In concluding that Garuda was an agency/instrumentality of the foreign state, regard was had to the fact that Indonesia directly owned 95.5% of the shares, Indonesia had ultimate control over the boards of directors and the airline was a state owned airline. Garuda was held to be the means by which Indonesia carried on the business of an airline and that was the end or purpose for which Indonesia used Garuda.
MAS on the other hand did not satisfy the separate entity test. MAS is a public listed company (with the majority of shares held by Malaysia) but is not solely accountable to Malaysia and has a number of third party shareholders. The Court ultimately held that insufficient evidence had been raised to demonstrate that MAS was an agency or instrumentality of the state. It was held that the power and influence wielded by a majority shareholder does not make a partly owned company an agent of its majority shareholder, even though the company’s management conforms with the majority shareholder’s wishes, or requirements.
The commercial transaction exception and anti-competitive conduct
The Court focussed on the purpose of this exception which is to subject a foreign state to the jurisdiction of the courts in respect of not only commercial and like contracts, but also activities that are sufficiently connected to those contracts. The Court viewed the prohibitions in section 45 of the TPA as striking at arrangements or understandings that have the purpose, or have or are likely to have the effect, of substantially lessening competition. Competition is quintessentially a commercial, trading or business activity that occurs in a market involving trading, commercial or business dealings.
The Court held that the present case concerned allegations that each airline provided and offered to provide its cargo freight services at prices that had been arrived at by the airline giving effect to an antecedent arrangement or understanding with other airline members of a price fixing cartel. Such alleged conduct was part and parcel of the airline’s ordinary commercial transactions with consumers. But the alleged conduct was also an activity of a commercial or trading kind, namely anti-competitive behaviour, designed to increase or maximise the cartel participant’s profits at the expense of the other participants in the market. The view taken was that the alleged conduct, if proved, would be very much a commercial transaction within section 11.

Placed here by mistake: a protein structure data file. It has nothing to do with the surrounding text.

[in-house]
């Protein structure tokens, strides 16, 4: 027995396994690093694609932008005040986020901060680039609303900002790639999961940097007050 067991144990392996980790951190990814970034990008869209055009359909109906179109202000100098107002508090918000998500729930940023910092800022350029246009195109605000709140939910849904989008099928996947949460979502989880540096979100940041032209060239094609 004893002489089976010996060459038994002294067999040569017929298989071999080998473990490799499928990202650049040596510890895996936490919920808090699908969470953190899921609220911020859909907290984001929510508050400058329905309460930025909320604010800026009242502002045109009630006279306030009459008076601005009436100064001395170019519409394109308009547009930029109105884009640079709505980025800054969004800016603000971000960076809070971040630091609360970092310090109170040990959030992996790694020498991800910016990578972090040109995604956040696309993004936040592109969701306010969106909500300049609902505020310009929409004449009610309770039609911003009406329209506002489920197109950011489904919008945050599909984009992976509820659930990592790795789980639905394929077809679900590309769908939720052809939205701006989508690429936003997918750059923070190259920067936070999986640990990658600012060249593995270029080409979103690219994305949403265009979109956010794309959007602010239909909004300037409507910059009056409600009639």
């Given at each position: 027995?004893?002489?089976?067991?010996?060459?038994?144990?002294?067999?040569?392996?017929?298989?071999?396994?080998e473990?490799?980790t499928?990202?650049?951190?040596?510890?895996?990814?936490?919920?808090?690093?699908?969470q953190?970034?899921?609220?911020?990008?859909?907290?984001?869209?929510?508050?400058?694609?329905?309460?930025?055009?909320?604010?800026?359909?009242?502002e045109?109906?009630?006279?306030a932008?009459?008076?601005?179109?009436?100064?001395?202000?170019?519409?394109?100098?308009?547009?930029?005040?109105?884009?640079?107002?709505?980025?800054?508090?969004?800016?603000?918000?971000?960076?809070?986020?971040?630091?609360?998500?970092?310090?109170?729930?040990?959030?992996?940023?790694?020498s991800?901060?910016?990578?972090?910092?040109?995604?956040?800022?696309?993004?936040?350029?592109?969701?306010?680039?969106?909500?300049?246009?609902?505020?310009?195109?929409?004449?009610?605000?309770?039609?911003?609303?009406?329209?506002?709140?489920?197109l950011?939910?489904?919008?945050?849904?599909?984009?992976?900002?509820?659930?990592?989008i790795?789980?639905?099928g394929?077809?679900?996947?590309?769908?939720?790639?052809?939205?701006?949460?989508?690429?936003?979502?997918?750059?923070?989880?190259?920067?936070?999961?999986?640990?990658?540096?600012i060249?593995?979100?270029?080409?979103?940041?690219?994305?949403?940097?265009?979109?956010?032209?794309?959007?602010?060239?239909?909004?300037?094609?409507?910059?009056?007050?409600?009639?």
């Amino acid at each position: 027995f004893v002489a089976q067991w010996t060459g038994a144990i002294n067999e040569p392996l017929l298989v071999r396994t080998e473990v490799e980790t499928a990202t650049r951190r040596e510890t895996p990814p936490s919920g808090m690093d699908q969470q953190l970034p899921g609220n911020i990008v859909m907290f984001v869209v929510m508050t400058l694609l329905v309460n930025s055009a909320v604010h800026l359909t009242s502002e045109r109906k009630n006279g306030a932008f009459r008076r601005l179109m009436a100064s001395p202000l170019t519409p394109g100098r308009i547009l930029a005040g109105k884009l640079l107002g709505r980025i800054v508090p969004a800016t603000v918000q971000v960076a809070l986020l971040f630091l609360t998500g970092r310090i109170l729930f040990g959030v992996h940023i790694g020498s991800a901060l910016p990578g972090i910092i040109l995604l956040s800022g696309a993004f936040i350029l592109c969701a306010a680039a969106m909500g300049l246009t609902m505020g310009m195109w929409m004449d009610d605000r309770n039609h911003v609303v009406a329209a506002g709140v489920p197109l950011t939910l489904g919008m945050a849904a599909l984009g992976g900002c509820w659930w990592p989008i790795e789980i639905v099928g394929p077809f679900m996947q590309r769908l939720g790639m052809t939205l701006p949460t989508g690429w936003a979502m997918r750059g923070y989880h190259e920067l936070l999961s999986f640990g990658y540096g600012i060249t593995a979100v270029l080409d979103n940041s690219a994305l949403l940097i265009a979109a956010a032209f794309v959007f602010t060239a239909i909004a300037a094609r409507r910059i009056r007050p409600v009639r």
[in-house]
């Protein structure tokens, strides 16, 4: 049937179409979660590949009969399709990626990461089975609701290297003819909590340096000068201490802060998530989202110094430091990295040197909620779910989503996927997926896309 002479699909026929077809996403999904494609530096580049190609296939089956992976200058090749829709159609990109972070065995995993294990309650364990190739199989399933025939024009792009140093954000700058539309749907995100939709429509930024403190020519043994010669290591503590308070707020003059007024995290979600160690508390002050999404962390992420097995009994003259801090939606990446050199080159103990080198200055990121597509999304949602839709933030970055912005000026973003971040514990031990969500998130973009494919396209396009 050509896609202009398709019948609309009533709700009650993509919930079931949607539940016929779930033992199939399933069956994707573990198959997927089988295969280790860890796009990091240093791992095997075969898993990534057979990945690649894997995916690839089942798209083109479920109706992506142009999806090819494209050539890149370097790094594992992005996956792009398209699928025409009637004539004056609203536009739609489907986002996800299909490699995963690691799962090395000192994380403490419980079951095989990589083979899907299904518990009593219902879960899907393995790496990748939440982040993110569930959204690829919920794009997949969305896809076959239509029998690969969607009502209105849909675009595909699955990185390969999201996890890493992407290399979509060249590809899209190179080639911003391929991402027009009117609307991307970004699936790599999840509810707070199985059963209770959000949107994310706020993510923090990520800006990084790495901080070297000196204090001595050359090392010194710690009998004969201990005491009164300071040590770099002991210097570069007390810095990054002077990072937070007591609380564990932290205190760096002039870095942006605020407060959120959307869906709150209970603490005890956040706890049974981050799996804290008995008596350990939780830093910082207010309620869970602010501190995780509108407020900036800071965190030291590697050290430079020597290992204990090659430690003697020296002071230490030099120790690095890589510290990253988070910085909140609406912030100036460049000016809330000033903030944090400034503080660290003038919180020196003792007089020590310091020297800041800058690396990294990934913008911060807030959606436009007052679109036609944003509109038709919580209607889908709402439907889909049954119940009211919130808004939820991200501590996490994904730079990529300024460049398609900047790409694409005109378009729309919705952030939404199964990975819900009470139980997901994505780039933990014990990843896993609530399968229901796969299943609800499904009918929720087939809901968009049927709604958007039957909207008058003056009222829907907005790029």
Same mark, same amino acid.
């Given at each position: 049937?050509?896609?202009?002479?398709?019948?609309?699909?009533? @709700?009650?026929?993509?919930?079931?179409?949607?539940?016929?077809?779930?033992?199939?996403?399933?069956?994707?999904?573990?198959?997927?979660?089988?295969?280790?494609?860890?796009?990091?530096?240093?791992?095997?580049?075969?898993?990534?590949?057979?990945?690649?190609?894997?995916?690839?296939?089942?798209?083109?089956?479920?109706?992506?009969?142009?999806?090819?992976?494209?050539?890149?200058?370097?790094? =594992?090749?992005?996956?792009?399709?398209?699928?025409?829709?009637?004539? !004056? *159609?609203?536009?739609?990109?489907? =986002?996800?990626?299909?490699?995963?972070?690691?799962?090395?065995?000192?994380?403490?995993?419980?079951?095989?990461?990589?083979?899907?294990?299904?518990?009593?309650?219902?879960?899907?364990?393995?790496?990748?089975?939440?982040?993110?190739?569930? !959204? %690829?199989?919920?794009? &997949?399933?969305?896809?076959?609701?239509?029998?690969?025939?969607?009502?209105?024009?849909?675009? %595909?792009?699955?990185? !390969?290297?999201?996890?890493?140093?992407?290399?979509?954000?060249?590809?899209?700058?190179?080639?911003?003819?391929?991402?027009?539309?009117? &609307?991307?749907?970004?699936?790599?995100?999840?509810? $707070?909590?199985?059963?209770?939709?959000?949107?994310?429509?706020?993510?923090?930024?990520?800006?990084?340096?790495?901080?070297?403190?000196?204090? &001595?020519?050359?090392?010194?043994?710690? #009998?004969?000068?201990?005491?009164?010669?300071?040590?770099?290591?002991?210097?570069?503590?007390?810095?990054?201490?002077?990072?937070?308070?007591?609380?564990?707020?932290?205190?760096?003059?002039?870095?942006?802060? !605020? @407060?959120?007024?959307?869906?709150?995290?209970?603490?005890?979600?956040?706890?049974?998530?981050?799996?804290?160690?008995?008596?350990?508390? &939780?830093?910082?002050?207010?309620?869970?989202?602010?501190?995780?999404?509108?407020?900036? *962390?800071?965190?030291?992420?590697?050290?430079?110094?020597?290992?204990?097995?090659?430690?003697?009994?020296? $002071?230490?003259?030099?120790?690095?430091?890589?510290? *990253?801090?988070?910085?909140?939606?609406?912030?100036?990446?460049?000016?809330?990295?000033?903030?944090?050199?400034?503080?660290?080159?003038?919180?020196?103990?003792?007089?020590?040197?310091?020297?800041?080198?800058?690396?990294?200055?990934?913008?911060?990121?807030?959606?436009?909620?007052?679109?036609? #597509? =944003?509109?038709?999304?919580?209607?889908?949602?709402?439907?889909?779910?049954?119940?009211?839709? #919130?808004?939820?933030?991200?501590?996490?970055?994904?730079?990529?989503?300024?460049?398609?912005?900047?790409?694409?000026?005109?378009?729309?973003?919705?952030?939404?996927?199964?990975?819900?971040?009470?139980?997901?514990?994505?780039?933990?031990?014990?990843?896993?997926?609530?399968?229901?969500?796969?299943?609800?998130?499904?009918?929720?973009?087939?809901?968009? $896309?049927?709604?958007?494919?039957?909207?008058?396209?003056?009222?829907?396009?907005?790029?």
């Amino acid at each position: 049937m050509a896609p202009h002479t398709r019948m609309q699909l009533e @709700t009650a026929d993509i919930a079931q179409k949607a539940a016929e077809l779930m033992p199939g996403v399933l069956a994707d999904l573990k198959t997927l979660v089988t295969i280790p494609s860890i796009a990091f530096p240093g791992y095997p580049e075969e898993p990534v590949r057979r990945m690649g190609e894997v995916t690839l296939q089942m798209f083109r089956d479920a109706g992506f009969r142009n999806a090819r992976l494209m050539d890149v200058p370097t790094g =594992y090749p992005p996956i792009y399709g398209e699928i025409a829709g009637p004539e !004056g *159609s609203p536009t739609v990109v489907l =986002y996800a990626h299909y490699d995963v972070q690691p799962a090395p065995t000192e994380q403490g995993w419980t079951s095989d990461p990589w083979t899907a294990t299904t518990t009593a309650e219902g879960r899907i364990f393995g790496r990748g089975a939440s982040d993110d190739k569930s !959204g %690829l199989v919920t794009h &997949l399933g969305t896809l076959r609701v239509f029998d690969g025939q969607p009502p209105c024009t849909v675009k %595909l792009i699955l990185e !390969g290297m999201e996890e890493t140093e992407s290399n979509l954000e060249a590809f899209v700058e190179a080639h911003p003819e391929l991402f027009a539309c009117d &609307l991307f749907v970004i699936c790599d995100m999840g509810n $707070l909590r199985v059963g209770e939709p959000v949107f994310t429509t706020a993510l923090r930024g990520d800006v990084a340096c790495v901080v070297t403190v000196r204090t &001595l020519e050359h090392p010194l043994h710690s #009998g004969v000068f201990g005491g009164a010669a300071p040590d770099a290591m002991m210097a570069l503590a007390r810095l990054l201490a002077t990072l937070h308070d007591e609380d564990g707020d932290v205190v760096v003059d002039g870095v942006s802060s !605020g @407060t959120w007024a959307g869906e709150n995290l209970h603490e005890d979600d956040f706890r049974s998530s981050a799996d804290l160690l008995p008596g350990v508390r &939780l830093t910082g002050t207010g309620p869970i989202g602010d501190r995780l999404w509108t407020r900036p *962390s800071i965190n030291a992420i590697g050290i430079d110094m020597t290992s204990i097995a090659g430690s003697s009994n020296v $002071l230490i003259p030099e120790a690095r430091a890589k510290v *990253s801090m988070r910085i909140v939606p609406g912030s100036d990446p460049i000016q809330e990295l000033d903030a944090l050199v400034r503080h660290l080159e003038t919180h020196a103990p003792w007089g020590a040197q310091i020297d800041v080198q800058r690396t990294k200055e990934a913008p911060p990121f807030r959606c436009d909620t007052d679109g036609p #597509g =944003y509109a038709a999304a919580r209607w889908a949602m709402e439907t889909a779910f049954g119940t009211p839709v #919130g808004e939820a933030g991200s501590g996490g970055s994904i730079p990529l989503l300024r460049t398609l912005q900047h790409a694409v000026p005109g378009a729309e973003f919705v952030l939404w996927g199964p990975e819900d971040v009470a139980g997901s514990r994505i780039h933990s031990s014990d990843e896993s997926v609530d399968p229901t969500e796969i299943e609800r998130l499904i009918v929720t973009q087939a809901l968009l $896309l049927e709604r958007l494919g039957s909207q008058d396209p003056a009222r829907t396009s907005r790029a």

What are the implications of this decision?
It is now clear that foreign state-owned companies will be subject to the jurisdiction of Australian courts for proceedings relating to anti-competitive conduct under the CCA. Even if a corporation can demonstrate that it is a separate entity of a foreign state, it will not be able to claim immunity from cartel proceedings before an Australian court and slip under the radar of Australian competition law enforcement. The Court has made it clear that cartel conduct concerns a commercial transaction and therefore will not benefit from foreign states immunity.